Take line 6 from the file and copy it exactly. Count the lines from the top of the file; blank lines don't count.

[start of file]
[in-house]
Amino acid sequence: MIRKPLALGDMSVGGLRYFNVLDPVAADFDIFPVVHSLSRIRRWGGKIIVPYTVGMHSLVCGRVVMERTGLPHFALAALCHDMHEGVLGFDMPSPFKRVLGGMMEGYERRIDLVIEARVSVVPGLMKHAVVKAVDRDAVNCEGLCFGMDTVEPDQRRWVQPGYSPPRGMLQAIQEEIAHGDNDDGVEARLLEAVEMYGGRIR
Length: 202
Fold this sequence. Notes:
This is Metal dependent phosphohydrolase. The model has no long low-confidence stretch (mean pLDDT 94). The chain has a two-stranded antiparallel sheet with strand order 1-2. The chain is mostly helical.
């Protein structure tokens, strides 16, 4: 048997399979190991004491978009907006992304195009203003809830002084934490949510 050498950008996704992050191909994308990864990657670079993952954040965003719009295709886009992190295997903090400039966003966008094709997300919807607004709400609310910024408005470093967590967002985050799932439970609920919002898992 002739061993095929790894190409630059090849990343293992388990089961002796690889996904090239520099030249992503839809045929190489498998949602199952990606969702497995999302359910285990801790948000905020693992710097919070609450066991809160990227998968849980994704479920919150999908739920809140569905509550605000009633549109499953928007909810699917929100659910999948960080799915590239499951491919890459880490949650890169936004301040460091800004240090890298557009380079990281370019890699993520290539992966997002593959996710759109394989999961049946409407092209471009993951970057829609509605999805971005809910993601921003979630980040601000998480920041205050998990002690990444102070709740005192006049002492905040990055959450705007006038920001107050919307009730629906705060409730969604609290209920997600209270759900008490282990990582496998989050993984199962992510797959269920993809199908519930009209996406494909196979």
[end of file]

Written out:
């Protein structure tokens, strides 16, 4: 048997399979190991004491978009907006992304195009203003809830002084934490949510 050498950008996704992050191909994308990864990657670079993952954040965003719009295709886009992190295997903090400039966003966008094709997300919807607004709400609310910024408005470093967590967002985050799932439970609920919002898992 002739061993095929790894190409630059090849990343293992388990089961002796690889996904090239520099030249992503839809045929190489498998949602199952990606969702497995999302359910285990801790948000905020693992710097919070609450066991809160990227998968849980994704479920919150999908739920809140569905509550605000009633549109499953928007909810699917929100659910999948960080799915590239499951491919890459880490949650890169936004301040460091800004240090890298557009380079990281370019890699993520290539992966997002593959996710759109394989999961049946409407092209471009993951970057829609509605999805971005809910993601921003979630980040601000998480920041205050998990002690990444102070709740005192006049002492905040990055959450705007006038920001107050919307009730629906705060409730969604609290209920997600209270759900008490282990990582496998989050993984199962992510797959269920993809199908519930009209996406494909196979």